on the day before had been detached and been on the extreme left, hanging on the enemy's right and rear, was now on the left, up the Warrenton road.
On going with General Heintzelman over to the position held by his troops we found all the points held by the enemy the day before beyond Bull Run abandoned, and in going over to the Sudley Springs road and west of it was saw no evidence of the enemy in force, some skirmishers and advanced posts or rear guards, as the case might, be being all that we found. On returning to headquarters and reporting these facts we found that word had been sent in from the front that the enemy was moving back on the road to Gainesville. Similar word was given by General Patrick. On the supposition that the enemy was falling back I received your orders* to take command of the corps above named and pursue the enemy. I accordingly gave orders that Ricketts' division should report to General Heintzelman, who was to have charge of the right of the advance, and was to move on the enemy by the road from Sudley Springs to Hay Market - a road running west nearly parallel with the Warrenton turnpike and the north side of it - and paled the other division, Reynold's and King's, which were to the front on the Warrenton turnpike and near General Porter's corps, under that general, to support him in his advance on that road; but just as these orders+ were issued General Reynolds rode up to my headquarters and reported, of his own personal knowledge, that the enemy were not falling back; on the contrary, that he was passing his troops to the south of Warrenton turnpike, and massing them behind the woods, to turn our left and make an attack on the southwest angle of the two roads and thence across the Sudley Springs road to the southeast angles. It may be well to state here - what, however, is well known to you - that the country around the field of battle is much of it thickly wooded, and that the march of large bodies on the side of the enemy could only be seen at intervals and can be easily hidden from view.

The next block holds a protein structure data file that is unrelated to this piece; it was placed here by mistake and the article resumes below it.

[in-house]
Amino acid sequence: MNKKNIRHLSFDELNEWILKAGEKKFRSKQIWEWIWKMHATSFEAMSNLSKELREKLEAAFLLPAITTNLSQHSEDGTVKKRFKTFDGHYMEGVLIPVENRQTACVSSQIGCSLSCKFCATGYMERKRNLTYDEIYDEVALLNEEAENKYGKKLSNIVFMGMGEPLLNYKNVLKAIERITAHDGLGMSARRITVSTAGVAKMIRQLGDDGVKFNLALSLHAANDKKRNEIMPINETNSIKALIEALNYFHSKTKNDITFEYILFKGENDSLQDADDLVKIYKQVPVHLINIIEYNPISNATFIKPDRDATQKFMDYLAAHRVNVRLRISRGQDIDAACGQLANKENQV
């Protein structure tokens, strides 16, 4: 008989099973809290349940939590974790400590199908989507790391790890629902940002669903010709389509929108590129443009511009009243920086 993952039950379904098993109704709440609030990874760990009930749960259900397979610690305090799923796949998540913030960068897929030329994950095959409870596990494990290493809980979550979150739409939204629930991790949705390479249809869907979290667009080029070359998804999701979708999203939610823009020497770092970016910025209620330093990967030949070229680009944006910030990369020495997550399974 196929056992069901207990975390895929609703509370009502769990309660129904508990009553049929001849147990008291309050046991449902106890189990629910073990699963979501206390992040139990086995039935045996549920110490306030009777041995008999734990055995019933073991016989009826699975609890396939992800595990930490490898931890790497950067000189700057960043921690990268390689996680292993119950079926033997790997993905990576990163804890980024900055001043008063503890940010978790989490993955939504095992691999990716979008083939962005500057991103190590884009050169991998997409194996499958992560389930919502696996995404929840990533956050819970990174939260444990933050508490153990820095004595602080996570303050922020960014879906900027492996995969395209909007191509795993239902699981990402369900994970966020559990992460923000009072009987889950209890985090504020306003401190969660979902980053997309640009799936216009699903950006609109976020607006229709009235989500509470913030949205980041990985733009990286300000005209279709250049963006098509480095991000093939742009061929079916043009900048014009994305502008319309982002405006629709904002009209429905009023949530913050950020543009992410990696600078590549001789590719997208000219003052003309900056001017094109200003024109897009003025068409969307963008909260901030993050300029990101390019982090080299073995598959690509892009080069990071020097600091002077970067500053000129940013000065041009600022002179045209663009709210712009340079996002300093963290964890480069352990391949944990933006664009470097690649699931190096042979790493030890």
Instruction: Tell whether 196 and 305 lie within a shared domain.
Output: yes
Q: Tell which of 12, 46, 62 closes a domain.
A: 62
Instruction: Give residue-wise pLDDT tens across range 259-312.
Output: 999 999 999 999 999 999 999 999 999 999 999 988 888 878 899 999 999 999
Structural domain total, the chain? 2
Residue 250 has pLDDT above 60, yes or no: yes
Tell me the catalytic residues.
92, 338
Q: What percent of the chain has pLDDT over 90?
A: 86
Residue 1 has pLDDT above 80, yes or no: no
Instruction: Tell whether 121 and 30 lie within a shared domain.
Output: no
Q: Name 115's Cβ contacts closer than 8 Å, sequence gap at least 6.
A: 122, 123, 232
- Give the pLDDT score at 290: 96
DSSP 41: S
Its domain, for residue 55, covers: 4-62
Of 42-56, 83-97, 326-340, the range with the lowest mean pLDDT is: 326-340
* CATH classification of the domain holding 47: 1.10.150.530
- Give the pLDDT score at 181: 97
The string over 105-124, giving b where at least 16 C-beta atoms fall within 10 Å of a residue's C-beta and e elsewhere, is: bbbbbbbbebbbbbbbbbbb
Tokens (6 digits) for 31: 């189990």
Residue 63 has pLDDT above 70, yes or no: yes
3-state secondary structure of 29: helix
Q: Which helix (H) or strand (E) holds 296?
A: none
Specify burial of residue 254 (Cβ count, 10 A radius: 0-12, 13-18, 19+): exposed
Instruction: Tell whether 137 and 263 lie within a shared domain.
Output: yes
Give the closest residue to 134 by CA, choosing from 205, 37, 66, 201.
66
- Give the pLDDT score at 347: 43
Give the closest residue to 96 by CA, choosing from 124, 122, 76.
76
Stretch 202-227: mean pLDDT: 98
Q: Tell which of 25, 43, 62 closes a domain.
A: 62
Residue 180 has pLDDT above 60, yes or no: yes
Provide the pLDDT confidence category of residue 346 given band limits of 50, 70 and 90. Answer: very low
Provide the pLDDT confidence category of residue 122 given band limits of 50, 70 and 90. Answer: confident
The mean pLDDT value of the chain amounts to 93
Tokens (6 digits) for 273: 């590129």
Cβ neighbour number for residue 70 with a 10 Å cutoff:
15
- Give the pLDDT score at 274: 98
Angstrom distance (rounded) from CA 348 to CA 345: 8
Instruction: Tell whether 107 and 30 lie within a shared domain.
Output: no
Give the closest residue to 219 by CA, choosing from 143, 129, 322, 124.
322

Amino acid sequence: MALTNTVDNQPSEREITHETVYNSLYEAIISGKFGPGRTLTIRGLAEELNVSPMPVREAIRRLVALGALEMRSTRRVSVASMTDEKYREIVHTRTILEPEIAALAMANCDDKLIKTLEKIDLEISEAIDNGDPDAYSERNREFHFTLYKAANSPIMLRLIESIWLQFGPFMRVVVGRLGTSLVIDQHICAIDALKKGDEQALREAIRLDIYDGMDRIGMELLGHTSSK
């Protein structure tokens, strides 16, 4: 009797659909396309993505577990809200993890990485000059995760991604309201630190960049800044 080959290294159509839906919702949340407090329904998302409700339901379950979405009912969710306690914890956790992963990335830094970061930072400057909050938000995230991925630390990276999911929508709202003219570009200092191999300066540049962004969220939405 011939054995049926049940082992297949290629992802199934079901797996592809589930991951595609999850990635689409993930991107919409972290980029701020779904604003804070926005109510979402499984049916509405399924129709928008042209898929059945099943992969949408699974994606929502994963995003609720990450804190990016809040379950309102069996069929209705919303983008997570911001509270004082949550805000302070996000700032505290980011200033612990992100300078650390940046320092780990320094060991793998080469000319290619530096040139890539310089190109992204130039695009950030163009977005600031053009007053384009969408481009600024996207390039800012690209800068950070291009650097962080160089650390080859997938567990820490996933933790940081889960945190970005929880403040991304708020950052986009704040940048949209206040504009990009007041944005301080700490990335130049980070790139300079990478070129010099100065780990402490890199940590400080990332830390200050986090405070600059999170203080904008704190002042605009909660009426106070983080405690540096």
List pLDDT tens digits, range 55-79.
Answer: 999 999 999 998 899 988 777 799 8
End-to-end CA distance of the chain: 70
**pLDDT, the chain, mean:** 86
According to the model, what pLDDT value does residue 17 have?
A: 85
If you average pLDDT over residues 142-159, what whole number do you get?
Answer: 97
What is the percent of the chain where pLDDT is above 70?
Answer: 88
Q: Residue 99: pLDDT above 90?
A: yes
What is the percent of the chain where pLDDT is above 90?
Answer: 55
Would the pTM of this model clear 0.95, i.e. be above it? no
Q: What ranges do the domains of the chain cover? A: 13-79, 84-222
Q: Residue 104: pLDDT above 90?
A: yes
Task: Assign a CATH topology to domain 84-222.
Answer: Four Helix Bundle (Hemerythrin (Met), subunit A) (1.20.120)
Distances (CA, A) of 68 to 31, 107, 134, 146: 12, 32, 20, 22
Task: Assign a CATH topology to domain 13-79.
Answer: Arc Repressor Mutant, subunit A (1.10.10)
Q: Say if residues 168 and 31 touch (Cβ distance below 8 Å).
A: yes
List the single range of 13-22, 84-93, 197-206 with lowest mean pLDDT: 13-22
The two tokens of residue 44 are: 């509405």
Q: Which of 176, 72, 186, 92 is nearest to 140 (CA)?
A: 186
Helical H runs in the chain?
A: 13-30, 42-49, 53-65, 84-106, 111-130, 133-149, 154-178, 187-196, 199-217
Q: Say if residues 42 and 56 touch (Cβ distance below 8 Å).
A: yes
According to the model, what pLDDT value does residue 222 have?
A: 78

On General Reynolds' information, seeing no time was to be lost and that instant measures were to be taken to meet this unexpected movement, I gave him orders to take his division immediately over to provide for this threatened attack and occupy the hill south of the turnpike, he knowing the ground well, having been over it in the course of the battle the day before. You at the same time gave orders that some of General Sigel's corps should also move to the south of the turnpike on the Bald Hill, so called, near Groveton. I immediately wrote to General Porter that he must exercise his discretion as to the use of King's division in the movement, he suggested, in his front, that I had been obliged to take Reynold's division from him to guard the left, and had to go there in person to see to it; that you said if he should need more force you would send him General Sigel. I sent word also to General Heintzelman of the change, and that I was obliged to take from him two brigades and two batteries of artillery of Ricketts' division to aid in improvising the defense of the left, south of the turnpike, where I immediately repaired, and remained throughout the battle, having no further communication either with General Ricketts' division, under General Heintzelman, or General King's division, under General Porter.
The Warrenton turnpike goes west up the valley of the little rivulet of Young's Branch, and through the battle-field is mostly closed to the
*See No. 6, Appendix C.
+See Nos.7 and 8, Appendix C.